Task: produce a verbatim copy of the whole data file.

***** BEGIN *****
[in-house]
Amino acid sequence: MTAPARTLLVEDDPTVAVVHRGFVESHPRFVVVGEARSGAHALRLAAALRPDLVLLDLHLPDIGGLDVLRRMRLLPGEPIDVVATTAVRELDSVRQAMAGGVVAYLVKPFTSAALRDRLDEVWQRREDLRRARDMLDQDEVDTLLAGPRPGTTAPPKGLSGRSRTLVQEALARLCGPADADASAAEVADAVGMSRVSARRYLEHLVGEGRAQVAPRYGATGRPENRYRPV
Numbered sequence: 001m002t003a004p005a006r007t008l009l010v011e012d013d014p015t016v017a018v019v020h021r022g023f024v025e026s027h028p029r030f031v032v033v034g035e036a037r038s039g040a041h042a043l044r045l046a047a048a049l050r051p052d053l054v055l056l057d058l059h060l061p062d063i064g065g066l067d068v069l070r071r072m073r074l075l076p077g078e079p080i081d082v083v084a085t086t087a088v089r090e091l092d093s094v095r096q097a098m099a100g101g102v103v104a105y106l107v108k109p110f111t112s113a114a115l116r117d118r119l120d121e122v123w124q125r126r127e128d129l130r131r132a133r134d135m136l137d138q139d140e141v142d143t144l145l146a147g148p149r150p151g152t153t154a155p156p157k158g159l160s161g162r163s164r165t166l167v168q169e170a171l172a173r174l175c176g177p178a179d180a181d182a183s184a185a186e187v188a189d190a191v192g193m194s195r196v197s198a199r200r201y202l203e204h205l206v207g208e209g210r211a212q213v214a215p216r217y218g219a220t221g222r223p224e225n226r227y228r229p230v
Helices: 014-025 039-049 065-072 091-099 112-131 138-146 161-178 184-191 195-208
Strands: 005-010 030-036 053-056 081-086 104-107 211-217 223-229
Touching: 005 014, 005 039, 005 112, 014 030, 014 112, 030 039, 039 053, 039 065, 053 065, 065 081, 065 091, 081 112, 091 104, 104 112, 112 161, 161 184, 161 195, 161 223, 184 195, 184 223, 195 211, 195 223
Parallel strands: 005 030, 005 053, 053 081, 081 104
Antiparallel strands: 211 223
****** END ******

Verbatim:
[in-house]
Amino acid sequence: MTAPARTLLVEDDPTVAVVHRGFVESHPRFVVVGEARSGAHALRLAAALRPDLVLLDLHLPDIGGLDVLRRMRLLPGEPIDVVATTAVRELDSVRQAMAGGVVAYLVKPFTSAALRDRLDEVWQRREDLRRARDMLDQDEVDTLLAGPRPGTTAPPKGLSGRSRTLVQEALARLCGPADADASAAEVADAVGMSRVSARRYLEHLVGEGRAQVAPRYGATGRPENRYRPV
Numbered sequence: 001m002t003a004p005a006r007t008l009l010v011e012d013d014p015t016v017a018v019v020h021r022g023f024v025e026s027h028p029r030f031v032v033v034g035e036a037r038s039g040a041h042a043l044r045l046a047a048a049l050r051p052d053l054v055l056l057d058l059h060l061p062d063i064g065g066l067d068v069l070r071r072m073r074l075l076p077g078e079p080i081d082v083v084a085t086t087a088v089r090e091l092d093s094v095r096q097a098m099a100g101g102v103v104a105y106l107v108k109p110f111t112s113a114a115l116r117d118r119l120d121e122v123w124q125r126r127e128d129l130r131r132a133r134d135m136l137d138q139d140e141v142d143t144l145l146a147g148p149r150p151g152t153t154a155p156p157k158g159l160s161g162r163s164r165t166l167v168q169e170a171l172a173r174l175c176g177p178a179d180a181d182a183s184a185a186e187v188a189d190a191v192g193m194s195r196v197s198a199r200r201y202l203e204h205l206v207g208e209g210r211a212q213v214a215p216r217y218g219a220t221g222r223p224e225n226r227y228r229p230v
Helices: 014-025 039-049 065-072 091-099 112-131 138-146 161-178 184-191 195-208
Strands: 005-010 030-036 053-056 081-086 104-107 211-217 223-229
Touching: 005 014, 005 039, 005 112, 014 030, 014 112, 030 039, 039 053, 039 065, 053 065, 065 081, 065 091, 081 112, 091 104, 104 112, 112 161, 161 184, 161 195, 161 223, 184 195, 184 223, 195 211, 195 223
Parallel strands: 005 030, 005 053, 053 081, 081 104
Antiparallel strands: 211 223